Endoscopic Spine Surgery: Rare Minimally Invasive Approach Now Available at Johns Hopkins

Published in Framework - Framework Fall 2019 and Physician Update Winter 2020 and Orthopaedic Surgery - Orthopaedic Surgery Winter 2020

Surgeons in the Johns Hopkins Department of Orthopaedic Surgery’s spine division are now providing minimally invasive endoscopic surgery, which is used frequently in other specialties but is uncommon in spine surgery. Sang Lee, assistant professor of orthopaedic surgery and director of complex cervical spine and spine tumor surgery, is leading implementation of this approach, which the department began to offer over the last several months.

“Endoscopic spine surgery has been historically more common in Asia and is recently gaining popularity in the United States. However, it is mainly performed by private surgeons, not academic practices,” Lee says. He hopes to popularize endoscopic spine surgery among academic practices in the U.S. because of its many benefits. “It is the least invasive surgery and uses an incision of less than 1 centimeter,” Lee says. “Outcomes are similar to traditional open surgeries, but there are quicker recovery rates, shorter hospitalization times, and it is the better option cosmetically.” Endoscopic surgery is used to treat less complicated spine conditions such as disc herniation and spinal stenosis, and can be performed in an outpatient setting. 

Incorporating this technique will also provide valuable learning opportunities for surgeons in the spine division’s residency program. “There is a steep learning curve of at least 20 initial cases. It requires a steadier hand,” says Lee. Surgeons training in endoscopic surgery participate in cadaver training courses to refine their techniques. Initially, the endoscopic approach may take one to two hours longer than more invasive procedures. However, the skills required are similar to those needed for open surgery. “I explain to students that you need to be able to see every anatomical characteristic in your mind’s eye,” Lee explains. “When you see a patient in the clinic, you should be able to picture the spinal cord, nerve roots, vessels, and all the critical structures.”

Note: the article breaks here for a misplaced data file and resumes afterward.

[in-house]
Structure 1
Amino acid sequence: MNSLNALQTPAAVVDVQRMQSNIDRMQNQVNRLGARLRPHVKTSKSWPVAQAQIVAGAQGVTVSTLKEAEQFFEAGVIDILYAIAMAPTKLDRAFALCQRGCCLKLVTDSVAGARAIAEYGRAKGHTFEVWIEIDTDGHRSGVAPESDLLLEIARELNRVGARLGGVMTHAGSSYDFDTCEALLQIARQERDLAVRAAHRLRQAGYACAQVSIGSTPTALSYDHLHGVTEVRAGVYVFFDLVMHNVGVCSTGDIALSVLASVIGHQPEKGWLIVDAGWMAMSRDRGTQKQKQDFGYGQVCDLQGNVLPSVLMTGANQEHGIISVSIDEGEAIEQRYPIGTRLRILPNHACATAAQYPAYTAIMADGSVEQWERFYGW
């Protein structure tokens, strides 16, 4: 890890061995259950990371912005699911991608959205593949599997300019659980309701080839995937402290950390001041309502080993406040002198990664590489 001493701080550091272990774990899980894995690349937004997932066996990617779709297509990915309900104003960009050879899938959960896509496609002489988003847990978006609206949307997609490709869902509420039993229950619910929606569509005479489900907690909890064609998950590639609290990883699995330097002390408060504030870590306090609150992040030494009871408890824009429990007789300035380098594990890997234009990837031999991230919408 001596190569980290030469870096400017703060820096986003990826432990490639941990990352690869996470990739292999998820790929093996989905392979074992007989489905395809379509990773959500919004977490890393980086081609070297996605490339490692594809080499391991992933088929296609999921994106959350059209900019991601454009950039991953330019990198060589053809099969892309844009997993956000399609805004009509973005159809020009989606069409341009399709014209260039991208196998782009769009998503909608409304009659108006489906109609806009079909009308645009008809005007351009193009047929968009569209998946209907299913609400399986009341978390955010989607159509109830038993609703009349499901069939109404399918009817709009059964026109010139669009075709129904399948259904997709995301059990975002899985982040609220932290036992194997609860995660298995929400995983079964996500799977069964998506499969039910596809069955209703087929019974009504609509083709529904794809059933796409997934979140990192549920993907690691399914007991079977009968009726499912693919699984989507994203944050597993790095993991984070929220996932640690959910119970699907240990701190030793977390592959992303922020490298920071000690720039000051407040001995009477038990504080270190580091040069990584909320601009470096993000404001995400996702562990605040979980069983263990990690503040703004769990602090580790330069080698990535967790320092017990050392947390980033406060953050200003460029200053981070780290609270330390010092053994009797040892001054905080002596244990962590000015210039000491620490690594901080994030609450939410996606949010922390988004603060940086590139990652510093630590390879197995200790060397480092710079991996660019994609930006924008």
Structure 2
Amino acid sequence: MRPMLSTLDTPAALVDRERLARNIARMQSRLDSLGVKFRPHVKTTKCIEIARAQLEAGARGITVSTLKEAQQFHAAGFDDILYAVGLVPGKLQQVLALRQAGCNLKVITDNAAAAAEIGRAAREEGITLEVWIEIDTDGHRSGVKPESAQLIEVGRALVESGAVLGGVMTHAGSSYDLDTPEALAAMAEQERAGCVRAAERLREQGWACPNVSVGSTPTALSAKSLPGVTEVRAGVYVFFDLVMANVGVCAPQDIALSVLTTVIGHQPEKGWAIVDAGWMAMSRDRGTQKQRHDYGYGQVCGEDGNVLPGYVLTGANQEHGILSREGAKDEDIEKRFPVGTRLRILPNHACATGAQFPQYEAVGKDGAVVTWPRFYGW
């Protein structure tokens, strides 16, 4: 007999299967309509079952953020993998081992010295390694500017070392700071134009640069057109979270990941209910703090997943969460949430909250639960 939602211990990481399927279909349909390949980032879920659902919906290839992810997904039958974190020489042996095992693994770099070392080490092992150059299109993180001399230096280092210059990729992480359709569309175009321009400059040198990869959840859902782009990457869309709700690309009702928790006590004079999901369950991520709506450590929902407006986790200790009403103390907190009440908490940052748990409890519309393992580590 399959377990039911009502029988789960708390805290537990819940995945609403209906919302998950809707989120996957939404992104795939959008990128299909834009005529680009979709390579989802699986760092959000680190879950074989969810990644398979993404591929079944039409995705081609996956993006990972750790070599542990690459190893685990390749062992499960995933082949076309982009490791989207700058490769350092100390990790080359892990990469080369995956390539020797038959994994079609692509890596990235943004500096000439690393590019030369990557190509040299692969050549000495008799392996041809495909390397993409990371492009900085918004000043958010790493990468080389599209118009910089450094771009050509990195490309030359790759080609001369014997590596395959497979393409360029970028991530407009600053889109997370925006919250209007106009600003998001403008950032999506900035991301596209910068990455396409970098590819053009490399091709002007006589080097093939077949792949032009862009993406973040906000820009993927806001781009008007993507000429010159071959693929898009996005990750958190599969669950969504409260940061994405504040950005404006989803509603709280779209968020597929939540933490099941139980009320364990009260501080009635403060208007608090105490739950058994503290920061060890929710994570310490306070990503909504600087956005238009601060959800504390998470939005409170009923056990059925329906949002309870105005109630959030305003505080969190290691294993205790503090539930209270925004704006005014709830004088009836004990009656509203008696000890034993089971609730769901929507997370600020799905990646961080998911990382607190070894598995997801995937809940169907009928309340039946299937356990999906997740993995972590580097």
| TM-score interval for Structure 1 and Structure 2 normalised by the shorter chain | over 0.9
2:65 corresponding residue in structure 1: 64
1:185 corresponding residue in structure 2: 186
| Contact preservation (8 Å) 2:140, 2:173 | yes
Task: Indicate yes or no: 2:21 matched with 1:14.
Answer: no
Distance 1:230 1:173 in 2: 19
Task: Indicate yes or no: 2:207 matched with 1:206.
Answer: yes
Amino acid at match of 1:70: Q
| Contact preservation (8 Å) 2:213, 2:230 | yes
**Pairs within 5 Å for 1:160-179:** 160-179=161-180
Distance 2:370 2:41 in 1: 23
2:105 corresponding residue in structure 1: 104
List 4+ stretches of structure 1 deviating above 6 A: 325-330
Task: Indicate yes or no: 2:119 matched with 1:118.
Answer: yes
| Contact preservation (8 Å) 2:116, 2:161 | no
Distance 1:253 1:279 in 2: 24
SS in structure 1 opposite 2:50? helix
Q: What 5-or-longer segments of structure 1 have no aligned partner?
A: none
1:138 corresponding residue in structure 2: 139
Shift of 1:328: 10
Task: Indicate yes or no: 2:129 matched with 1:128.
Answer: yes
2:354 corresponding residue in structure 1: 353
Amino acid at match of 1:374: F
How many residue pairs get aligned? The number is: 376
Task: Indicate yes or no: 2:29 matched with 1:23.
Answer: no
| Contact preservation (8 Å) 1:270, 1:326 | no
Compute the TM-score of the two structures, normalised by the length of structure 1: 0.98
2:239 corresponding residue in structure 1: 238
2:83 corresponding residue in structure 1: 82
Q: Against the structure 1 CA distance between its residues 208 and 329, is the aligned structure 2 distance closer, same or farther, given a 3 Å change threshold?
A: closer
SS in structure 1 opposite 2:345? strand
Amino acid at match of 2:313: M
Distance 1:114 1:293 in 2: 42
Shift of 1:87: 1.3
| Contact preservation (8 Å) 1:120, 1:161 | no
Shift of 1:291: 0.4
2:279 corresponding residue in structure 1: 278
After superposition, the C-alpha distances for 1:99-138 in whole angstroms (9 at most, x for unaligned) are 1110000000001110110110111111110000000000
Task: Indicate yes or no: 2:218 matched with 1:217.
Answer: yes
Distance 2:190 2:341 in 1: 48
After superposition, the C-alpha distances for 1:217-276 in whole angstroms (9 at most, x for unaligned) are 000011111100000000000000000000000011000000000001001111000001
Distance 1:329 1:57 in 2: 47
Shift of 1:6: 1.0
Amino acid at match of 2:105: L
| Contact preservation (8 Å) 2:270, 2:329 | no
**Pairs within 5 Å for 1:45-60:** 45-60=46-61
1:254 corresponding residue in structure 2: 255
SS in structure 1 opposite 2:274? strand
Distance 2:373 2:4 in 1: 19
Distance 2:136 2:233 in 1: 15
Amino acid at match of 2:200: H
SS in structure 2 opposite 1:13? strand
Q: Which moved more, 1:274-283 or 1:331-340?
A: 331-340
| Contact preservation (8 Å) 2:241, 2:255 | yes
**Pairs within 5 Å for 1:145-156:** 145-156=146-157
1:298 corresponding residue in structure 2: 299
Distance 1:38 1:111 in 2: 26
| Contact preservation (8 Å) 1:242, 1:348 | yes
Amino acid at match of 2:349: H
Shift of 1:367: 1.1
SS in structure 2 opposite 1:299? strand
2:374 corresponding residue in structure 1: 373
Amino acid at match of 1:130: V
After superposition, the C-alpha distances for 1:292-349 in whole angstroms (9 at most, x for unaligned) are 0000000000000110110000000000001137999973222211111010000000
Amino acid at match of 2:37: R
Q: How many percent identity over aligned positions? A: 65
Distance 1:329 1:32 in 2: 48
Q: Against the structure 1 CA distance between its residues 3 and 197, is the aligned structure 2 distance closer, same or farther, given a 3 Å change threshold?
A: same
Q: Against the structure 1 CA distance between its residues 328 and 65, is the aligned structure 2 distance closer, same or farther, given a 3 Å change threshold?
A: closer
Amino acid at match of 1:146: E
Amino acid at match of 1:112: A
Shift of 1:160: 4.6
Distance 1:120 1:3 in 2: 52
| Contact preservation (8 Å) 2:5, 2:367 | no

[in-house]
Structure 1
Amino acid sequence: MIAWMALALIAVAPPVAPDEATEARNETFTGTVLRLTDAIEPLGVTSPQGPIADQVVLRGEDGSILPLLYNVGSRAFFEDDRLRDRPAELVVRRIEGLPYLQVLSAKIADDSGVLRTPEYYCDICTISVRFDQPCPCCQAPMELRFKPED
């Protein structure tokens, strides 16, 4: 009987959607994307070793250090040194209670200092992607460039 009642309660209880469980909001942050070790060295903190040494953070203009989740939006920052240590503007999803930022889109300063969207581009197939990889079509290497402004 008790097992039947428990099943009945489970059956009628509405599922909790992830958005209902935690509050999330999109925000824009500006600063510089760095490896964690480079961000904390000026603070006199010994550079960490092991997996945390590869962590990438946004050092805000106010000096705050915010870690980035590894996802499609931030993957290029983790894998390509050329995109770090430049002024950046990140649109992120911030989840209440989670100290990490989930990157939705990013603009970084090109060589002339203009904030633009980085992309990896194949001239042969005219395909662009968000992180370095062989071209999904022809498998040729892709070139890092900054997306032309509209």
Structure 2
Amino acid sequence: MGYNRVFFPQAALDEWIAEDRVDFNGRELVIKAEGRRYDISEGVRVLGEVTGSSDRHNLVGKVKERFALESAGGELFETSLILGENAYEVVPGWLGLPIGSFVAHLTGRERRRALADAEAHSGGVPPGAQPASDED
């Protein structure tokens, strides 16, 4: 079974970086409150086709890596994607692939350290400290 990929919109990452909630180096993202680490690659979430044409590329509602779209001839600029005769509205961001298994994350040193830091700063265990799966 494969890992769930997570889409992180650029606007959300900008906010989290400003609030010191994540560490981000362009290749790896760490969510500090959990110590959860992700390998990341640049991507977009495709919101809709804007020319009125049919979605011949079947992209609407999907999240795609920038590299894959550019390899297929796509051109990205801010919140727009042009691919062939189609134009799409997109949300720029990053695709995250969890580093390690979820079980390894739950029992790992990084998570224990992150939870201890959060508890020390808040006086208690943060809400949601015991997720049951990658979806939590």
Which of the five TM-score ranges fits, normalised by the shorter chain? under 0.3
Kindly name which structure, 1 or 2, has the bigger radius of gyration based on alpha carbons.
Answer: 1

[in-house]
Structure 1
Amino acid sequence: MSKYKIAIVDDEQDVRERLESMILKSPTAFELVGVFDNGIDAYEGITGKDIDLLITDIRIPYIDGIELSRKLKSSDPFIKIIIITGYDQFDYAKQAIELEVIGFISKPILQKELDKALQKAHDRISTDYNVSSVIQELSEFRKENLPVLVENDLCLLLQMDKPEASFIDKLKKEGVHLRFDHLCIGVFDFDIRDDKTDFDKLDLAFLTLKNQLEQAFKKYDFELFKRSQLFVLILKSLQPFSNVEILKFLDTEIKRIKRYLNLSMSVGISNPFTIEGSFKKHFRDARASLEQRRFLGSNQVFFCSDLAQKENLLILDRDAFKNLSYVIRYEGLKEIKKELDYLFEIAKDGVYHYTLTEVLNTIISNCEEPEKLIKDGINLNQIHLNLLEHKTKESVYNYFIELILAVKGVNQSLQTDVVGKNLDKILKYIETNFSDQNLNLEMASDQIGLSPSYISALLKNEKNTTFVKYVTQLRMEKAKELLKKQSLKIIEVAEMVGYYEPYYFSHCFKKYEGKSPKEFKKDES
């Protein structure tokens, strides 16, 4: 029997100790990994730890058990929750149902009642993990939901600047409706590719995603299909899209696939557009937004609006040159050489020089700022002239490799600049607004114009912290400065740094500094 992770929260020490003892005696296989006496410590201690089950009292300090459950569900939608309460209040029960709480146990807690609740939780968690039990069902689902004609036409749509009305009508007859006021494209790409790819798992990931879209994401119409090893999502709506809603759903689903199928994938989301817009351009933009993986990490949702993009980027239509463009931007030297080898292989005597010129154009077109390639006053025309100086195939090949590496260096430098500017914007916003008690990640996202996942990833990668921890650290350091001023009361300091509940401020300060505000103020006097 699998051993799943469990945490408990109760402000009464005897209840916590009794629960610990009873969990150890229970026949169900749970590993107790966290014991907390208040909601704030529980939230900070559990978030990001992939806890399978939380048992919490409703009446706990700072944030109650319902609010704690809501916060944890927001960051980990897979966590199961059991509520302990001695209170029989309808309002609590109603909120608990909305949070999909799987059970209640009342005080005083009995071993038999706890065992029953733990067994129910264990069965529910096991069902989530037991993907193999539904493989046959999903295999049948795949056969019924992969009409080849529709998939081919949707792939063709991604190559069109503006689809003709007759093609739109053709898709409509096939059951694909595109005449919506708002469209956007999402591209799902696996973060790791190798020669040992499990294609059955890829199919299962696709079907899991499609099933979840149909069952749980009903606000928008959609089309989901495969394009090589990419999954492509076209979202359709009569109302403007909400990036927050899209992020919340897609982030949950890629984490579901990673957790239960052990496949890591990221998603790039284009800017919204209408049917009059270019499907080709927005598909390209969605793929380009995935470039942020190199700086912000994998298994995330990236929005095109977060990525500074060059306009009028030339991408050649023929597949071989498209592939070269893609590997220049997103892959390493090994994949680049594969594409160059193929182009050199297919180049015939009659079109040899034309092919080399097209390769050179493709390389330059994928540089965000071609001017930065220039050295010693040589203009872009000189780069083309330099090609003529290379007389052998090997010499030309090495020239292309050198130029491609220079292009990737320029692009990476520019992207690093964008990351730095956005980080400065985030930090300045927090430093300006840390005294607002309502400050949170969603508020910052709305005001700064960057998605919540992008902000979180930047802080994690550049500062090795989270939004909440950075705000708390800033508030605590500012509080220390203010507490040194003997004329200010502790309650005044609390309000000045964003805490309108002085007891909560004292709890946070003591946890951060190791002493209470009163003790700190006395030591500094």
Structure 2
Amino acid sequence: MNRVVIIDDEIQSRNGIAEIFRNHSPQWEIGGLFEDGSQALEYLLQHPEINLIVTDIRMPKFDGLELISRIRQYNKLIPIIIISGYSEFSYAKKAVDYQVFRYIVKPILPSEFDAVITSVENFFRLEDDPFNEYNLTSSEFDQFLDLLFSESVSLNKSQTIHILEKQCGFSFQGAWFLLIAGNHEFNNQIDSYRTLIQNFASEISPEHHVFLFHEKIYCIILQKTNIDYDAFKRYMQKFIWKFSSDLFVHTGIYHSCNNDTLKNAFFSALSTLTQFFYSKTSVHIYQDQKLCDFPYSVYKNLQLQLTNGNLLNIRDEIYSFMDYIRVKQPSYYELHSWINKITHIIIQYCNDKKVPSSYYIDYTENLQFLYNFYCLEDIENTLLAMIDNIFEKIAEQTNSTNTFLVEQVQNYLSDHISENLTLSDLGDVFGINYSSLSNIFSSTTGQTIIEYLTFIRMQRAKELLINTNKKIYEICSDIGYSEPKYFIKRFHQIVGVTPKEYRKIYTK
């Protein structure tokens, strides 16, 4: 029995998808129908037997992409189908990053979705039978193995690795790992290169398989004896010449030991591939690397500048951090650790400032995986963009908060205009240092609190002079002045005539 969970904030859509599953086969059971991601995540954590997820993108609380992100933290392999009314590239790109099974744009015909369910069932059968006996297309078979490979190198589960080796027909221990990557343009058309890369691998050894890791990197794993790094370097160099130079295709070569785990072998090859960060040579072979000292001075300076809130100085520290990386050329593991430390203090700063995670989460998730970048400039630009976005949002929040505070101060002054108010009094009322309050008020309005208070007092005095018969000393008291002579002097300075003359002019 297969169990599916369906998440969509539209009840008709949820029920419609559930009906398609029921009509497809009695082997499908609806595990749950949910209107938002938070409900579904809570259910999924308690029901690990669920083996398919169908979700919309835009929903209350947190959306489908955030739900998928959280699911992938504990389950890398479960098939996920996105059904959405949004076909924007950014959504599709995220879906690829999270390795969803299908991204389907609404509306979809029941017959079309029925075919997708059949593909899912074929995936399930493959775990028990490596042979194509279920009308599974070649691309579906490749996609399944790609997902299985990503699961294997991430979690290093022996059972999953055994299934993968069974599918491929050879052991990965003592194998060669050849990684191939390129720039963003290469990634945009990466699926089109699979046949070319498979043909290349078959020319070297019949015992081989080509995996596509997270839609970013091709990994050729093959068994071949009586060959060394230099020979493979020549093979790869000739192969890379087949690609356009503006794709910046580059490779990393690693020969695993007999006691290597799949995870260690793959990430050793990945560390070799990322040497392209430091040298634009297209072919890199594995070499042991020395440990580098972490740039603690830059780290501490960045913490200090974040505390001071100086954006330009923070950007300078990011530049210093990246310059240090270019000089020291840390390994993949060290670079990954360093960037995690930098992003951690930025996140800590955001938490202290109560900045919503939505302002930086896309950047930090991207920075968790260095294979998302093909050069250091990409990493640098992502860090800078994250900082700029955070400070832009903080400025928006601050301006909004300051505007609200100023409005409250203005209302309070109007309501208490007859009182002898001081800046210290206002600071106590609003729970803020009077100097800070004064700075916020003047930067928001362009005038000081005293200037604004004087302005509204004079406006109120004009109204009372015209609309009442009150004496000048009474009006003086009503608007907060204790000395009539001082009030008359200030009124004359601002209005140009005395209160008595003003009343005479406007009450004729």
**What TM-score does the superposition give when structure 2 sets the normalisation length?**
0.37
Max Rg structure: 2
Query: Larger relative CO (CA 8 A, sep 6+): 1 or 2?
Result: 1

Lee is excited by the opportunities available in the spine division, which he says “have expanded greatly in the past two years.” He is eager to help Johns Hopkins become a leader in endoscopic spine surgery among academic institutions, and to provide an option with less tissue damage, less blood loss, and shorter hospitalization and recovery.